The Malta Financial Services Authority has approved 14 agents for crypto-assets, 17 weeks after the first applications were filed, paving the way for the sector to get going.
The approvals were made “in principle” as some minor details remain to be sorted out before the agents are officially taken on, according to MFSA sources.
The approval of the agents was the first step in setting up clients in this sector. They will be able to assist issuers and services providers under the Virtual Financial Assets Act came into force on November 1, 2018, coinciding with the Malta Blockchain Summit.
Once the Act came into force, applications started being filed with the MFSA. About 250 lawyers, accounts and auditors applied for certification, but nearly two-thirds failed the official assessment process, consisting of a short training course and exam.
Eventually, 28 formally applied to be agents.
The MFSA said on Tuesday that the agents would be the first level of defence as they would be obliged to evaluate their clients’ business plans – and ensure that they were ‘fit and proper’, prior to submitting an application to the MFSA. This will require a robust due diligence process on the clients – as the agents are themselves ‘subject persons’ under anti-money laundering regulations.
MFSA head of securities and market supervision Chris Buttigieg said the first batch of approvals represented an “important milestone” in the regulation of cryptoassets.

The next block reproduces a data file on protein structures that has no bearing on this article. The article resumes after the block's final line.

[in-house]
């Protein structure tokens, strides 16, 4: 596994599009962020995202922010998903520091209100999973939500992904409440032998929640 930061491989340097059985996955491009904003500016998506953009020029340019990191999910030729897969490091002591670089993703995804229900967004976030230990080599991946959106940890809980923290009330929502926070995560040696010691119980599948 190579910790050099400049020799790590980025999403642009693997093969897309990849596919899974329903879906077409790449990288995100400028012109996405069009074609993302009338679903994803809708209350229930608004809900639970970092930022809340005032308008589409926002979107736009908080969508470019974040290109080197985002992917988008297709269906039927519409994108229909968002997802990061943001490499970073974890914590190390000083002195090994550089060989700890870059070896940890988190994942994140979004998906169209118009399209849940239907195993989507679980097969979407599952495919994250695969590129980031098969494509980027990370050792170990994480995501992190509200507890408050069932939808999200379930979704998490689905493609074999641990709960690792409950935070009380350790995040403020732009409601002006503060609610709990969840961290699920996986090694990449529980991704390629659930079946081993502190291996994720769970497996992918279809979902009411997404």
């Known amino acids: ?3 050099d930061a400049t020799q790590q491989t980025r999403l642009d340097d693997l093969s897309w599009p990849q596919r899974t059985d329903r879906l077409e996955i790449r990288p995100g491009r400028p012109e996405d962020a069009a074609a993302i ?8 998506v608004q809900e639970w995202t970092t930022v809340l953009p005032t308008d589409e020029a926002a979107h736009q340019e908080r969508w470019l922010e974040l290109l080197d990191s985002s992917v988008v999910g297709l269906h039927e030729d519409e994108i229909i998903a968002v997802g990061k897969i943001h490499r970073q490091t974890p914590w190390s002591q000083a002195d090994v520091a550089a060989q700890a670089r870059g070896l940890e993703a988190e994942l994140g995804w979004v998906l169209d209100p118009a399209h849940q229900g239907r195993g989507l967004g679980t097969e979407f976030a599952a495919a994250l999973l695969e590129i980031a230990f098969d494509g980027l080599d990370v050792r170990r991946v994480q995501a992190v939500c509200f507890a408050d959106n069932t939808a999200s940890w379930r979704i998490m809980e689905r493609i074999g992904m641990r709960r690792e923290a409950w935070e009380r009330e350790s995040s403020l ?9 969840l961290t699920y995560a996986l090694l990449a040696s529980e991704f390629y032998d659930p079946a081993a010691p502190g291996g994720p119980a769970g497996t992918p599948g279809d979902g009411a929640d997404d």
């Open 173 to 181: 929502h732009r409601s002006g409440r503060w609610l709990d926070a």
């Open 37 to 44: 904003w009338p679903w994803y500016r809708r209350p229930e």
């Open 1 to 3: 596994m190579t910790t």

“We have worked actively since November 2017, when we started out regulatory journey in the field of cryptoassets, and today, we have a complete framework that caters for all key areas of risk, being inter alia the risks to consumers, market integrity, financial crime and cyber-security,” he said.
However, one issue remains: banks’ reluctance to open accounts for the clients. Dozens of companies involved in blockchain and cryptocurrency are encountering resistance when they try to open bank accounts.
Sources from company service providers, legal firms and corporate finance companies contacted by the Times of Malta – who asked to remain anonymous to protect their clients’ confidentiality – confirmed that banks were politely declining their business, saying it was outside their “risk appetite”. However, Parliamentary Secretary for Financial Services Silvio Schembri said banks were waiting for operators to obtain an MFSA licence before opening their doors – something that the approval of agents has paved the way for.
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